ShareThis Page
Allegheny

Albright United Methodist Church hosts free Thanksgiving Eve dinner

Kristina Serafini
| Wednesday, Nov. 22, 2017, 6:12 p.m.

Members of the Albright United Methodist Church in Bloomfield and volunteers from the Friends of Albright—a coalition of neighbors working to preserve the closed 110-year-old church building, Preservation Pittsburgh and the community spent Wednesday morning and afternoon preparing to serve around 200 meals of turkey and all of the fixings to area residents as part of Albright's 42nd annual free Thanksgiving Eve dinner.

This year's dinner is being held next door in First United Methodist Church's fellowship hall.

Kristina Serafini is a Tribune-Review staff writer.

Volunteers Steve Silverman of Squirrel Hill (left) and Fred Peters of Point Breeze lean in the same direction as they carve turkeys for a free Thanksgiving Eve meal at First United Methodist Church in Bloomfield on Wednesday, Nov. 22, 2017. Albright United Methodist Church, which sits next door to First United Methodist, has been hosting a free community Thanksgiving Eve dinner for 42 years. First United Methodist allowed the use of their kitchen and fellowship hall for the dinner, which was prepared by members of the Albright congregation, the Friends of Albright group who are working to preserve the 110-year-old Albright United Methodist Church building, Preservation Pittsburgh and volunteers from the community.
Kristina Serafini | Tribune-Review
Volunteers Steve Silverman of Squirrel Hill (left) and Fred Peters of Point Breeze lean in the same direction as they carve turkeys for a free Thanksgiving Eve meal at First United Methodist Church in Bloomfield on Wednesday, Nov. 22, 2017. Albright United Methodist Church, which sits next door to First United Methodist, has been hosting a free community Thanksgiving Eve dinner for 42 years. First United Methodist allowed the use of their kitchen and fellowship hall for the dinner, which was prepared by members of the Albright congregation, the Friends of Albright group who are working to preserve the 110-year-old Albright United Methodist Church building, Preservation Pittsburgh and volunteers from the community.
Volunteer Kate Booker of Regent Square (middle) laughs as she cleans and rolls silverware with Catherine Tsavalas of Squirrel Hill (left) and Yannis Tsavalas of Charleston, S.C. for a free Thanksgiving Eve meal at First United Methodist Church in Bloomfield on Wednesday, Nov. 22, 2017. Albright United Methodist Church, which sits next door to First United Methodist, has been hosting a free community Thanksgiving Eve dinner for 42 years. First United Methodist allowed the use of their kitchen and fellowship hall for the dinner, which was prepared by members of the Albright congregation, the Friends of Albright group who are working to preserve the 110-year-old Albright United Methodist Church building, Preservation Pittsburgh and volunteers from the community.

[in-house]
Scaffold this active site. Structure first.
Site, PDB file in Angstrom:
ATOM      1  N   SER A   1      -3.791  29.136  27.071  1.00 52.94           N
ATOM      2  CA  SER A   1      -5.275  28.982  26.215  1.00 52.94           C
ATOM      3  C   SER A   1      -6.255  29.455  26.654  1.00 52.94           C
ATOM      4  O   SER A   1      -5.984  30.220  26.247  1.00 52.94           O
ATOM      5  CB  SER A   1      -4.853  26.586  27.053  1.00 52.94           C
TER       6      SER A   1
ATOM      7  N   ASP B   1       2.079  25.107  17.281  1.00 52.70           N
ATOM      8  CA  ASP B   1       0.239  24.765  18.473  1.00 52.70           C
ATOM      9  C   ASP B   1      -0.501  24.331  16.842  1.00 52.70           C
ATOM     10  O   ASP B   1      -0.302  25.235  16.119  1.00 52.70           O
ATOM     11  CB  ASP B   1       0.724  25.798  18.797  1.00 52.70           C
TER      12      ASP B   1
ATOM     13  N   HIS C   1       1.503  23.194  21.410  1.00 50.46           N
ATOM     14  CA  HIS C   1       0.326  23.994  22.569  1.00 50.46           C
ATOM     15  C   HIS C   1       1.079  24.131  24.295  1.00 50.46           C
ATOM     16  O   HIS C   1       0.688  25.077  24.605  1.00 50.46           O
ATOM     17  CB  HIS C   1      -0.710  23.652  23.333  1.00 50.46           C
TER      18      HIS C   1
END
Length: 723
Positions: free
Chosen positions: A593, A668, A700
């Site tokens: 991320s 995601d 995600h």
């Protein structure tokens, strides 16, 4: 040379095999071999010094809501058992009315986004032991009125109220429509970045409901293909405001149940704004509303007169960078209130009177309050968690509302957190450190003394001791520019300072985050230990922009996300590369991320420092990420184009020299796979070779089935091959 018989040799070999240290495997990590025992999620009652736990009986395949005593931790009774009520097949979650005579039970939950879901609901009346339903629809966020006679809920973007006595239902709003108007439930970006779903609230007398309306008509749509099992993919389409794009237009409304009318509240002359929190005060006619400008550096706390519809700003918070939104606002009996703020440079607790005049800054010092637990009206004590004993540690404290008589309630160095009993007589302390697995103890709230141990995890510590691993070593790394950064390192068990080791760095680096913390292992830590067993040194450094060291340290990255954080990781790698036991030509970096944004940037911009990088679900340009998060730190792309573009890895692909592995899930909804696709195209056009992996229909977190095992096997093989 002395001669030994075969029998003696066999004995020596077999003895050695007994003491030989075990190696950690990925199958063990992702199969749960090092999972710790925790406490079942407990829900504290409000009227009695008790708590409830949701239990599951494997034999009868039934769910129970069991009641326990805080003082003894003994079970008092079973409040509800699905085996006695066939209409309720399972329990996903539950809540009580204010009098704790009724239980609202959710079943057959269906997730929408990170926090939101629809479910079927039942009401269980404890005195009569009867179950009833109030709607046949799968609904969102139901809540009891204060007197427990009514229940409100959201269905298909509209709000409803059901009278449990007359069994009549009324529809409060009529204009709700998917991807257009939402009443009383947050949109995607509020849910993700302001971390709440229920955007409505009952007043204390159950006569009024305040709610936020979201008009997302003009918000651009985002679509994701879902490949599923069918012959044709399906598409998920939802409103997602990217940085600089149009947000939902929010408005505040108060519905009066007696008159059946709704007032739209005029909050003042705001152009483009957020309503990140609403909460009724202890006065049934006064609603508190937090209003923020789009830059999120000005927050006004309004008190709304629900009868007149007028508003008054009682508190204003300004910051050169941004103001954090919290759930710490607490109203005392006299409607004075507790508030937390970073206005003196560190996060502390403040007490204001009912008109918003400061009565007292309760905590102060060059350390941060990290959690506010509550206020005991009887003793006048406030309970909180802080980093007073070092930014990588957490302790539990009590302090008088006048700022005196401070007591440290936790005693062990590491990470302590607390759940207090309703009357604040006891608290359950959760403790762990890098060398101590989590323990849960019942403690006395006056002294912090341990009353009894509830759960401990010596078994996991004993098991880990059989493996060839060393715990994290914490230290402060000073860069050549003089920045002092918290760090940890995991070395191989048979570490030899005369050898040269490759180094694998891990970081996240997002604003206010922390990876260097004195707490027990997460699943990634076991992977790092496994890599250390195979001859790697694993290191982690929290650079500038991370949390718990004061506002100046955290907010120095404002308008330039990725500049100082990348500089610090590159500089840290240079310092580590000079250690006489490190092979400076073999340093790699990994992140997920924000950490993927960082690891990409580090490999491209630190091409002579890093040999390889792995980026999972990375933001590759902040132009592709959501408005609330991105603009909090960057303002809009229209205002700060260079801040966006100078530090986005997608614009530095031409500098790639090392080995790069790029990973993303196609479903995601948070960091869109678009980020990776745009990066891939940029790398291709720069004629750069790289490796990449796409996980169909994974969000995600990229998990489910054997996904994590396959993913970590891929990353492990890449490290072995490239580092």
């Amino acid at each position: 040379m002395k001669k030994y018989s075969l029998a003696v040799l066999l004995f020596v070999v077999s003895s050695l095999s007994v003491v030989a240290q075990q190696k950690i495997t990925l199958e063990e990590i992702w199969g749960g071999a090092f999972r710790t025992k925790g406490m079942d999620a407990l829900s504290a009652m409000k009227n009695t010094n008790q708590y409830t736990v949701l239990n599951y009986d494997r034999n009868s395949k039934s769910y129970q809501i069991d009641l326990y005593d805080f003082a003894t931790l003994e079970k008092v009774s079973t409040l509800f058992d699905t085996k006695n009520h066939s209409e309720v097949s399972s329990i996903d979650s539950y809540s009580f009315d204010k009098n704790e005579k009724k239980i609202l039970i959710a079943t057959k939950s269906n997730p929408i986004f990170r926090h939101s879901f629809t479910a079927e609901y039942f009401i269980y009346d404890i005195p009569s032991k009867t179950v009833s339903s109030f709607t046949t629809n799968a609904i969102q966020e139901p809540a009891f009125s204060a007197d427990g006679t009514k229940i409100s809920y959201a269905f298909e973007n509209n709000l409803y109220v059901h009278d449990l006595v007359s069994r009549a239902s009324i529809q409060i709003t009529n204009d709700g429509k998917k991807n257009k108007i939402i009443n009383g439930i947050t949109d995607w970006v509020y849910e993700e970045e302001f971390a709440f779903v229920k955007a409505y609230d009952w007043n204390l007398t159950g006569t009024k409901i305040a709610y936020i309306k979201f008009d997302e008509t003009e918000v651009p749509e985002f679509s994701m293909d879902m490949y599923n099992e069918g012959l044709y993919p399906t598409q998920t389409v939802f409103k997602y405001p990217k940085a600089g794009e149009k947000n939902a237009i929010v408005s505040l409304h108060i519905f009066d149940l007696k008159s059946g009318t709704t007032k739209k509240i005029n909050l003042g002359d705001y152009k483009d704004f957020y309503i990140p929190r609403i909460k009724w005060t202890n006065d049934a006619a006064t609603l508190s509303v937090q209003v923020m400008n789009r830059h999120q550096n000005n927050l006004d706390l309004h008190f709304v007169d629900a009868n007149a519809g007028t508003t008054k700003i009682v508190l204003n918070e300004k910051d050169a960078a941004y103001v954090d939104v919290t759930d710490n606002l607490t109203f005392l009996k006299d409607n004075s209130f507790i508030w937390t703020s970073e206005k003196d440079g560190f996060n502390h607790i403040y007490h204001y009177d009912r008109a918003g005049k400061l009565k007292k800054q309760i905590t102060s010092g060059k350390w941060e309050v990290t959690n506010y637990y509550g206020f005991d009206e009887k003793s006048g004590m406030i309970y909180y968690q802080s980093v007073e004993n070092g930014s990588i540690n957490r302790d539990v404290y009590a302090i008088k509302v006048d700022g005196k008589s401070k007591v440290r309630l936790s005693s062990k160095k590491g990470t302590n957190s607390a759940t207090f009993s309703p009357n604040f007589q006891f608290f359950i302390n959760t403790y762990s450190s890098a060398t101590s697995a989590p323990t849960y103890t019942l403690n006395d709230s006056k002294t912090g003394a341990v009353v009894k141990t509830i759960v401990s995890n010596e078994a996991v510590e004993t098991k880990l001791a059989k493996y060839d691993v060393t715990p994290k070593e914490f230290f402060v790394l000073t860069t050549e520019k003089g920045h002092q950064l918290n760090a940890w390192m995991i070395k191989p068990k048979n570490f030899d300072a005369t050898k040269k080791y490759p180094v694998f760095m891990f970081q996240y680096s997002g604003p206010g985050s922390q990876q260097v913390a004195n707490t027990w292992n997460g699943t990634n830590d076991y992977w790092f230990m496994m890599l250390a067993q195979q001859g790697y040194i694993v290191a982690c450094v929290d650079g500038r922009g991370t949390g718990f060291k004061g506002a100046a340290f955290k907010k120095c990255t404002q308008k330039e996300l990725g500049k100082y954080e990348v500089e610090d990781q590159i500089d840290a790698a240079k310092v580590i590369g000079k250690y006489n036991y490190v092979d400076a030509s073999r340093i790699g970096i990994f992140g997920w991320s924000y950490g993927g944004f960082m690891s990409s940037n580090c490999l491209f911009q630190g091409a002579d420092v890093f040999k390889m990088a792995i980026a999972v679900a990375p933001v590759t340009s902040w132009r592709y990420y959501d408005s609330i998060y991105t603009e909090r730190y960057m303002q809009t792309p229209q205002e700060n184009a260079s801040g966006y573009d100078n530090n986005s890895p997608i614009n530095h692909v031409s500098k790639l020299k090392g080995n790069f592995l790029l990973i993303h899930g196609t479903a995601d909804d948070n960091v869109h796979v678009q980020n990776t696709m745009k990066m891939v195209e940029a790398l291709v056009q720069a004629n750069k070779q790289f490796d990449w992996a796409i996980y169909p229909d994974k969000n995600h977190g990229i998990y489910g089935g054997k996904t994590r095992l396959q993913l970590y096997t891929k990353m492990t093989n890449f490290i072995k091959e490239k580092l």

Kristina Serafini | Tribune-Review
Volunteer Kate Booker of Regent Square (middle) laughs as she cleans and rolls silverware with Catherine Tsavalas of Squirrel Hill (left) and Yannis Tsavalas of Charleston, S.C. for a free Thanksgiving Eve meal at First United Methodist Church in Bloomfield on Wednesday, Nov. 22, 2017. Albright United Methodist Church, which sits next door to First United Methodist, has been hosting a free community Thanksgiving Eve dinner for 42 years. First United Methodist allowed the use of their kitchen and fellowship hall for the dinner, which was prepared by members of the Albright congregation, the Friends of Albright group who are working to preserve the 110-year-old Albright United Methodist Church building, Preservation Pittsburgh and volunteers from the community.
Volunteer Myrto Tsavalas of Charleston, S.C. (bottom left) looks toward the kitchen as she cleans and rolls silverware with Catherine Tsavalas of Squirrel Hill (left) and Kate Booker of Regent Square for a free Thanksgiving Eve meal at First United Methodist Church in Bloomfield on Wednesday, Nov. 22, 2017. Albright United Methodist Church, which sits next door to First United Methodist, has been hosting a free community Thanksgiving Eve dinner for 42 years. First United Methodist allowed the use of their kitchen and fellowship hall for the dinner, which was prepared by members of the Albright congregation, the Friends of Albright group who are working to preserve the 110-year-old Albright United Methodist Church building, Preservation Pittsburgh and volunteers from the community.